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1.      Slow carbs, not low carbs do not ditch carbohydrates, keep them as part of your meal.  Choose carbohydrates that have lower, slower effects on blood sugar and insulin, those that have low glycemic index (below 55) and glycemic load (below 10), rather than highly refined carbohydrates that quickly boost blood sugar and insulin
Good carbs whole grains (brown rice, whole wheat breads, etc), beans, whole fruits, vegetables, nuts
Bad carbs white rice, white pasta/noodles, white breads, potatoes, sugared beverages (softdrinks, sodas, fruit-flavored drinks), fruit juices, cakes, sweets, chips (potato, corn, popcorn), beers, etc
Check our post on Glycemic Index to better understand it.

2.      Balancing fats:  not all fats are bad, in fact you need fat to ensure that your system is working well.   Eat foods that are rich in mono-unsaturated fats and poly-unsaturated fats as this will help boost your fertility.  Eat less food that high in saturated fats.  Completely avoid food with trans fats

Fat familyGood sourcesDaily target
Eat moreMonounsaturated fatsolives & olive oils, canola, peanut, and other nut oils; hazelnuts, almonds, cashews, peanuts, and other nuts; peanut and other nut butters; avocados; sesame, pumpkin, and other seeds10 to 15% of calories (22 – 27 grams)
Eat morePolyunsaturated fatsVegetable oils (corn, soybean, & safflower oils); soybeans and other legumes/beans; walnuts; fatty fish (salmon, tuna, herring, and anchovies)  Foods that are good sources of monounsaturated fats also contain some polyunsaturated fats.

Foods rich in omega-3 and omega-6
8 to 10% of calories (17-22 grams)
Eat lessSaturated fatsRed meat; whole milk, cream butter, cheese, and ice cream; coconuts and coconut products, palm oilUnder 8% of calories (under 17 grams)
Completely avoidTrans fatsAny products containing partially hydrogenated vegetable oil (margarine; vegetable shorteningUnder 2 grams.  Zero if possible

3.      Plant protein rules:  The findings in the study shows the following:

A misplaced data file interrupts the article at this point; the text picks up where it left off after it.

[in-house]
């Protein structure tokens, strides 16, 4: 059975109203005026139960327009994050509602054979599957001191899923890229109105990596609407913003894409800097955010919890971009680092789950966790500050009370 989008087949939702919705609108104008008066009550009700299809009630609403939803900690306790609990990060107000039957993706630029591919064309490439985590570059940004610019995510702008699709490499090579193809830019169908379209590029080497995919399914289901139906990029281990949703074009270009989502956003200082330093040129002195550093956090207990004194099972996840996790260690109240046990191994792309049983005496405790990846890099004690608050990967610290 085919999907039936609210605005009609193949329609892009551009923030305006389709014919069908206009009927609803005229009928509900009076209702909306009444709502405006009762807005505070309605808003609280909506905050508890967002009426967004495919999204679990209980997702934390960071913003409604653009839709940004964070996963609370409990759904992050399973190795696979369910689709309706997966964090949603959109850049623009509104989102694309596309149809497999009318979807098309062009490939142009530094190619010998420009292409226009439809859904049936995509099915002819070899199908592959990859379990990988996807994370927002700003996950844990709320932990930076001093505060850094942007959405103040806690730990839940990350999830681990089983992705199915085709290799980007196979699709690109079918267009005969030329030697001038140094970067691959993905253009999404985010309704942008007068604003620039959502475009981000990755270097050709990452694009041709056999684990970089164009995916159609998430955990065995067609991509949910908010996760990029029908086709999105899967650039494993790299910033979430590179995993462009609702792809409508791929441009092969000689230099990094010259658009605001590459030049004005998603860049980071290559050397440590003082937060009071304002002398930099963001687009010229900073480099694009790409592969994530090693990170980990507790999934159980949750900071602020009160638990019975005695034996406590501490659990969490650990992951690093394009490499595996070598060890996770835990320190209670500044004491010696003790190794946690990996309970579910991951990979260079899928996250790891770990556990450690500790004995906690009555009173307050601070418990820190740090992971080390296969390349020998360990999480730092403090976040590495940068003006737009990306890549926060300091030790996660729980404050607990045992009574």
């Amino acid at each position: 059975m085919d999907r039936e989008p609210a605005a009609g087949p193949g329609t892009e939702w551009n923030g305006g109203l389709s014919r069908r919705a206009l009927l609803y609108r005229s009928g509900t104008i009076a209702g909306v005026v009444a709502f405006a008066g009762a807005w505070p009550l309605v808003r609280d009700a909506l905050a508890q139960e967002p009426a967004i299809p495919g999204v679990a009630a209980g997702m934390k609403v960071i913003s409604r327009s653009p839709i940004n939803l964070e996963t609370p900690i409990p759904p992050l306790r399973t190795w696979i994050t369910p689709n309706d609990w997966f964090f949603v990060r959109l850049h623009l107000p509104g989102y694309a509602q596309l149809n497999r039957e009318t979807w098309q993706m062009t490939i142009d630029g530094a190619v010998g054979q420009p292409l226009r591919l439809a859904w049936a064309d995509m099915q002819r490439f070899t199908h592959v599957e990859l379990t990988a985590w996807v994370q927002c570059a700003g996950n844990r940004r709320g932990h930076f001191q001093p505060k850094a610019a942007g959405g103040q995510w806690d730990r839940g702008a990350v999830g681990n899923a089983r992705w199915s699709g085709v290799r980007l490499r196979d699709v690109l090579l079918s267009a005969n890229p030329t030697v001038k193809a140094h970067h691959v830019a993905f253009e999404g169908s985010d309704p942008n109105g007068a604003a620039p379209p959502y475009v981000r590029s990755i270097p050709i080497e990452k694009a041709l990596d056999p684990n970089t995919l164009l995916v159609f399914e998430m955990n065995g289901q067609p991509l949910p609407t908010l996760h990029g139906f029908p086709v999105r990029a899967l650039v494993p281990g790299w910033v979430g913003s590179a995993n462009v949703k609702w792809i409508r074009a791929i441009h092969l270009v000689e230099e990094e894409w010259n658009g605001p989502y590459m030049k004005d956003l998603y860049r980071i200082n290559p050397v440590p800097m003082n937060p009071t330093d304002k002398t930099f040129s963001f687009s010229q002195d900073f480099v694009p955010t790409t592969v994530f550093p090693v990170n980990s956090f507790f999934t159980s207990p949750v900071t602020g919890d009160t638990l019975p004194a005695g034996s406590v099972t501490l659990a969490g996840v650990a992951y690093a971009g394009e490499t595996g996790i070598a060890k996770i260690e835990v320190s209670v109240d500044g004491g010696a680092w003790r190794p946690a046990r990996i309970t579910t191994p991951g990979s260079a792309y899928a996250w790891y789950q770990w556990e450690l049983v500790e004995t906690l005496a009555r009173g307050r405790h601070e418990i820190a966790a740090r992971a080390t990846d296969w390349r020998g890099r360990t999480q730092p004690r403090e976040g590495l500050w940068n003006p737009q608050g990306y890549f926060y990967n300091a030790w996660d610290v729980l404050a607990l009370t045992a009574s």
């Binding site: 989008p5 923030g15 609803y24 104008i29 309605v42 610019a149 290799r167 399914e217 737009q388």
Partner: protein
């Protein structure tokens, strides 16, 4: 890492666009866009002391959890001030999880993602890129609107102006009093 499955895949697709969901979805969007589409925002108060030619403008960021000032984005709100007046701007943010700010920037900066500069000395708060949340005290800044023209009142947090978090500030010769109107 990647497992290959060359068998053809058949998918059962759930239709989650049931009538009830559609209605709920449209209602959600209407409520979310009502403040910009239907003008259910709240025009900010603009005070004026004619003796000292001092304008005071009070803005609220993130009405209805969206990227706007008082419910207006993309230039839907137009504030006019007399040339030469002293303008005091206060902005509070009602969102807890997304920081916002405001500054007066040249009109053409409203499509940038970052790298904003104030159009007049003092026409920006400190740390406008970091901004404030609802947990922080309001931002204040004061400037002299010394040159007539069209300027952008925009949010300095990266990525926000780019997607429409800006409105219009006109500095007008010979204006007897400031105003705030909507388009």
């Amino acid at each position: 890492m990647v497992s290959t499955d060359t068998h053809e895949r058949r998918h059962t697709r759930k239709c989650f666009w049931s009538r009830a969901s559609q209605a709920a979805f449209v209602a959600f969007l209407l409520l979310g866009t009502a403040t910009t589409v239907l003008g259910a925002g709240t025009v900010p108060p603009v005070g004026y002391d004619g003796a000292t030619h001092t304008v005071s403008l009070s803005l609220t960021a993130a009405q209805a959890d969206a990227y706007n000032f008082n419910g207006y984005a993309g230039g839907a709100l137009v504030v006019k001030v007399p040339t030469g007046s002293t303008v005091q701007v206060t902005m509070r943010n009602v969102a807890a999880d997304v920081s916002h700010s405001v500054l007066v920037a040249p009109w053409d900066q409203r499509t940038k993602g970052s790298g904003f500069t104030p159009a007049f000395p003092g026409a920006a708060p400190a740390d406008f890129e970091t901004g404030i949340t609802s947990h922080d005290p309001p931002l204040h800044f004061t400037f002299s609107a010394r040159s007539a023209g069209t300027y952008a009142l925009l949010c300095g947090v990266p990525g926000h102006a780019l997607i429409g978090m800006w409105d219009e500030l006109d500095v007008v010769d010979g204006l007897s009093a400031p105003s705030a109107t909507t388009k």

-     Adding one serving a day of red meat, chicken, or turkey predicted nearly 1/3 increase in the risk of ovulatory infertility
-     Adding one serving a day of  fish or eggs didn’t influence ovulatory fertility
-     Adding one serving a day of beans, peas, tofu, or soybeans, peanuts or other nuts predicted modest protection against ovulatory infertility

This shows further  that adding animal protein instead of carbohydrates was related to a greater risk of ovulatory infertility.  And that adding plant protein instead of carbohydrates was related to a greater risk of ovulatory infertility.  The study concluded that adding plant protein instead of animal proteinmay lower down the risk of ovulatory infertility by 50%.  Plant protein sources are nuts, beans and legumes

4.      Take a Break, skim:  Temporarily avoid low-fat or reduced fat dairy products.  The study shows that a daily serving or two of full fat or whole milk or other full-fat dairy products (yogurts, cheeses, icecream etc.) may improve ovulation.
5.      Mighty Micros :  Take multivitamins that contains folic acid and other B vitamins, and iron, and calcium.  It will improve ovulation and conception
Folic Acid -  at least 700 mcg per day
Iron – the fertility benefits begin to appear with a dosage between 40 and 80 mg a day.
For men, a daily dose of multivitamins may improve a man’s fertility too as much as it does a woman.  Vitamins and minerals help boost the number and quality of sperm cells.
Folic Acid (5,000 mcg), iron (66 mg), Vitamin A, and zinc – helps in the reproduction of new healthy sperm cells
Vitamin E – helps immature sperm cells develop and plays a role in the secretion of prostrate proteins

6.      Stay Hydrated but Beverages matter:  Drink at least 8 glasses or 2 L of liquid per day.  That includes all liquid, water, juices, milk, soups, etc. that you ingest in a day.  Water is by far the best recommended and healthiest beverage to drink.  Drink coffee and/or tea in moderation and as much as possible avoid the sugar that often goes with them.  As much as possible, do not consume alcohol.  Soft drinks, sugared sodas, MUST BE TOTALLY AVOIDED
Caffeine and alcohol affect men’s fertility too as much as they do women.  So coffee and alcohol intake must be in the moderate range.
7.      Watch your calorie intake per day – The recommended amount of calorie intake per person depends on his/her weight, height, and physical activity.  If your weight is within the fertility zone (with a BMI between the range of 20-24) you need to have a specific amount of calorie intake to maintain your weight.  If your aim is to lose weight, you have to reduce your daily calorie intake by at least 250 kcal per day.   If your maintaining caloric intake per day is supposed to be 2,000 kcal, reduce that by 250 kcal in order to lose weight so your calorie intake per day should be 1,750 kcal or below.
This principle also applies to men who needs to lose weight.
See our post on Recommended Dietary Allowance  for the estimated individual's calorie needed per day .

1 comment:

  1. Enhancing fertility by the way you eat may greatly affect or enhance fertility. This post is very informative. Thanks for sharing this.